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SIM Hijacking Attack Lands Hacking Group Member in Jail


The sentencing comes as the FCC grapples with how it can better safeguard consumers against SIM hijacking attempts.

A member of an international hacking group known as The Community has been sentenced to 10 months in prison in connection with a multi-million dollar SIM hijacking attack.

Garrett Endicott, 22, of Warrensburg, Missouri, was first indicted in 2019, and is the sixth and final member of The Community to be sentenced, according to the Department of Justice on Tuesday. The group launched SIM hijacking (also known as SIM swapping) attacks in order to steal cryptocurrency from victims across the country, including ones in California, Texas and New York.

“The actions of these defendants resulted in the loss of millions of dollars to the victims, some of whom lost their entire retirement savings,” said Acting U.S. Attorney Saima Mohsin in a statement. “This case should serve as a reminder to all of us to protect our personal and financial information from those who seek to steal it.”

SIM hijacking attacks occur when bad actors steal victims' mobile phone numbers and route their phone calls and SMS messages to attacker-controlled devices. They are typically able to carry out this attack by convincing a mobile phone provider employee (either by bribery or by posing as the victim) to swap a victim's phone number to an attacker-controlled SIM card. After stealing these phone numbers, attackers can use them to reset passwords on various online accounts - including email, cloud storage and cryptocurrency exchange accounts. Since attackers also have control of the phone numbers, this allows them to bypass two-factor authentication (2FA) security measures as well.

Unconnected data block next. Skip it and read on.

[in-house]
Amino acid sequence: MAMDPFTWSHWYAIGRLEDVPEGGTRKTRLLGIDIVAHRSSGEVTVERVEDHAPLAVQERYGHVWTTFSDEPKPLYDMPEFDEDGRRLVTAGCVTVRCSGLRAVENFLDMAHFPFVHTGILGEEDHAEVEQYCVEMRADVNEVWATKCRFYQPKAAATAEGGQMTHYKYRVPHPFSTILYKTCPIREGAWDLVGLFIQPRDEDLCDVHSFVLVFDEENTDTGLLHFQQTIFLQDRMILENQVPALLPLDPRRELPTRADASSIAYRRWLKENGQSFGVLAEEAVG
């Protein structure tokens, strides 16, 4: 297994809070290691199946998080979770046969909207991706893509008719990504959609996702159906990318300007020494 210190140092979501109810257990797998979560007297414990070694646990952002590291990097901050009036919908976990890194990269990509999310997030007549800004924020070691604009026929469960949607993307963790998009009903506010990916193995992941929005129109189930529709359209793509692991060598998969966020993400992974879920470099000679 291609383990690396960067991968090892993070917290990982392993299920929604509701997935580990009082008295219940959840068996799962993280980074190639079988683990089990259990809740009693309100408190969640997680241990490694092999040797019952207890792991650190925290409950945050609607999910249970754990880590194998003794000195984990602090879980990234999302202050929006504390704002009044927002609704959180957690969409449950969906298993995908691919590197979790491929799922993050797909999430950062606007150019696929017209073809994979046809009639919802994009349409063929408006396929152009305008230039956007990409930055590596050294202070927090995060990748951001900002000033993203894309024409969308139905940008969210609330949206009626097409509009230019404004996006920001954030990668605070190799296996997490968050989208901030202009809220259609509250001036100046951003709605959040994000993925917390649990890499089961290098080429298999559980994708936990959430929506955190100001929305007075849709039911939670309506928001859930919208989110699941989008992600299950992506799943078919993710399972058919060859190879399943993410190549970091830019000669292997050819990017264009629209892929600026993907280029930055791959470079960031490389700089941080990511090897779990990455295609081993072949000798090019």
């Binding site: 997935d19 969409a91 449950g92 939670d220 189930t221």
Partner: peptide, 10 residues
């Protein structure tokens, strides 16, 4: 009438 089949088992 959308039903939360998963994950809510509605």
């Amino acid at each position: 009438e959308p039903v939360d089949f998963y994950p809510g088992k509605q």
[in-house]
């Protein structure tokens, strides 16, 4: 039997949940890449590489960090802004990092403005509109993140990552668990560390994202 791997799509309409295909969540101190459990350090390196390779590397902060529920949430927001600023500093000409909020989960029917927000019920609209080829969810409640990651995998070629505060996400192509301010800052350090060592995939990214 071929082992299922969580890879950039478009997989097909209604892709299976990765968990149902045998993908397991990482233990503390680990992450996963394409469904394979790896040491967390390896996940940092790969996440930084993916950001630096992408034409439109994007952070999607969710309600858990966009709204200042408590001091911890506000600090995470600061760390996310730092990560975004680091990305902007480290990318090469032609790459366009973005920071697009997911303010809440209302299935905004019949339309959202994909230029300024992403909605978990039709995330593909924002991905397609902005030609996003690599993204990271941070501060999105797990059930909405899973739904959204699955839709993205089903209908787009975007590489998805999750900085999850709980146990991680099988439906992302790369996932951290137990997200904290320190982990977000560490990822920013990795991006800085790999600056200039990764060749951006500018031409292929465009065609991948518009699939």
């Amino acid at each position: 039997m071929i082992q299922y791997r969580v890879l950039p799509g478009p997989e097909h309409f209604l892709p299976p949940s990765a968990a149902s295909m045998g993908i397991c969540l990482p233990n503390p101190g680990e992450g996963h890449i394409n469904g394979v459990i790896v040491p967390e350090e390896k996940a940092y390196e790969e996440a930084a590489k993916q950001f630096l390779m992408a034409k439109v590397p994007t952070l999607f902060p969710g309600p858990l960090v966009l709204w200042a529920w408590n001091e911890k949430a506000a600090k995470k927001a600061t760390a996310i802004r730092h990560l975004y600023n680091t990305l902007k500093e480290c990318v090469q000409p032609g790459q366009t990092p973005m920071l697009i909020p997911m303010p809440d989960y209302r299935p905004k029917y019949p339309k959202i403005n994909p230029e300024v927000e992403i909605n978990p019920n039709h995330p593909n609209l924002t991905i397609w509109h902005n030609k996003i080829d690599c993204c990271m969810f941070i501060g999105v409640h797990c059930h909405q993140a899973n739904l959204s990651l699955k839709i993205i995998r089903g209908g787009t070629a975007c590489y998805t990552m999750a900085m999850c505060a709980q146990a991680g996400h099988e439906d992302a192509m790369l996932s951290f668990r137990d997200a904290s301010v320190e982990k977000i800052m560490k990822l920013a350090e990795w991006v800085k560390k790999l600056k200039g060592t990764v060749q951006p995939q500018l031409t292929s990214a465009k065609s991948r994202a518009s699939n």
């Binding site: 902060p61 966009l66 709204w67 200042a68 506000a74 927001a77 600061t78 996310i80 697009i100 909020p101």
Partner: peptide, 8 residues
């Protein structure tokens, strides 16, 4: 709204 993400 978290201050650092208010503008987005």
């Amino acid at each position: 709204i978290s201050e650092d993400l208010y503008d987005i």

In total, The Community stole millions of dollars worth of cryptocurrency, stealing anything from $2,000 to over $5 million from individual victims.

Endicott, who pleaded guilty, must pay $121,549.37 in restitution in addition to his sentencing. Other members of the group that have been sentenced include Ricky Handschumacher, 28, of Pasco Country, Florida; Colton Jurisic, 22, of Dubuque, Iowa; Reyad Gafar Abbas, 22, of Charleston, South Carolina; Conor Freeman, 22, of Dublin, Ireland and Ryan Stevenson, 29, of West Haven, Connecticut.

SIM hijacking is a major security challenge both for wireless carriers and their mobile customers, with criminals estimated to have stolen millions of dollars in this way. In February, Europol announced it had arrested 10 criminals affiliated with a gang that made over $100 million in cryptocurrencies after targeting thousands of victims with SIM hijacking attacks throughout 2020 - including famous internet influencers, athletes and musicians.

However, beyond these law enforcement crackdowns, government officials have sought to put the issue on the Federal Communications Commission’s (FCC) radar over the years. In 2020, a group of senators and representatives asked the FCC to require wireless carriers to better safeguard consumers from this type of attack. In the letter, government officials stressed that the fraudulent attack could endanger national security, if a cybercriminal uses the attack to hack into the email account of a public safety official, for instance.

Currently, the FCC relies on Customer Proprietary Network Information rules, as well as Section 222 of the Communications Act of 1934, to protect consumer data. These rules require carriers to implement several protections against attackers gaining unauthorized access to customers’ private data. The FCC also has pointed to regulations (Local Number Portability rules) that govern the porting of phone numbers from one carrier to another.

In September, the FCC proposed to amend these rules with the intent of cracking down on SIM hijacking. In its proposal, the commission looked at various ways to bolster security, including additional fields of customer-provided information needed to validate wireless-to-wireless ports, or a customer initiated passcode field for wireless number port requests.

“It’s important we do this now… four out of five SIM swap attempts in the United States are successful,” said Jessica Rosenworcel, acting chairwoman of the FCC, in a statement. “We can help fix this. I look forward to the record that develops and putting an end to this cyber fraud.”